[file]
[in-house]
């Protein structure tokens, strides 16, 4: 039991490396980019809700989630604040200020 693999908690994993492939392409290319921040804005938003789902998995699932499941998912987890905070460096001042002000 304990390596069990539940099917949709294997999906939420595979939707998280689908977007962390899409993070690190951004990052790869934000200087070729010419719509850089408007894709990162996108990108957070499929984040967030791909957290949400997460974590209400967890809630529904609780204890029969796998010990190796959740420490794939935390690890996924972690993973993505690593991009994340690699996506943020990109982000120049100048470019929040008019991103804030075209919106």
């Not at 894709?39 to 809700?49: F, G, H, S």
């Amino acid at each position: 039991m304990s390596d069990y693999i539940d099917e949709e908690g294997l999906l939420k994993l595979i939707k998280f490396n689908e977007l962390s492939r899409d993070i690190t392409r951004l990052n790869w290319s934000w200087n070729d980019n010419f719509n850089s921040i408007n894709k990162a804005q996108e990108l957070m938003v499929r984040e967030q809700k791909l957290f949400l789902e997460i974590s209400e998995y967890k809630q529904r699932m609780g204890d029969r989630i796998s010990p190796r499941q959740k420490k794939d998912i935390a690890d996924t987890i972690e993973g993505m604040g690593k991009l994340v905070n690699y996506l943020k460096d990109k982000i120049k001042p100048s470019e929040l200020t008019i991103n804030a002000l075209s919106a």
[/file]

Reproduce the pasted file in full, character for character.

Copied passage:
[in-house]
């Protein structure tokens, strides 16, 4: 039991490396980019809700989630604040200020 693999908690994993492939392409290319921040804005938003789902998995699932499941998912987890905070460096001042002000 304990390596069990539940099917949709294997999906939420595979939707998280689908977007962390899409993070690190951004990052790869934000200087070729010419719509850089408007894709990162996108990108957070499929984040967030791909957290949400997460974590209400967890809630529904609780204890029969796998010990190796959740420490794939935390690890996924972690993973993505690593991009994340690699996506943020990109982000120049100048470019929040008019991103804030075209919106």
């Not at 894709?39 to 809700?49: F, G, H, S």
């Amino acid at each position: 039991m304990s390596d069990y693999i539940d099917e949709e908690g294997l999906l939420k994993l595979i939707k998280f490396n689908e977007l962390s492939r899409d993070i690190t392409r951004l990052n790869w290319s934000w200087n070729d980019n010419f719509n850089s921040i408007n894709k990162a804005q996108e990108l957070m938003v499929r984040e967030q809700k791909l957290f949400l789902e997460i974590s209400e998995y967890k809630q529904r699932m609780g204890d029969r989630i796998s010990p190796r499941q959740k420490k794939d998912i935390a690890d996924t987890i972690e993973g993505m604040g690593k991009l994340v905070n690699y996506l943020k460096d990109k982000i120049k001042p100048s470019e929040l200020t008019i991103n804030a002000l075209s919106a």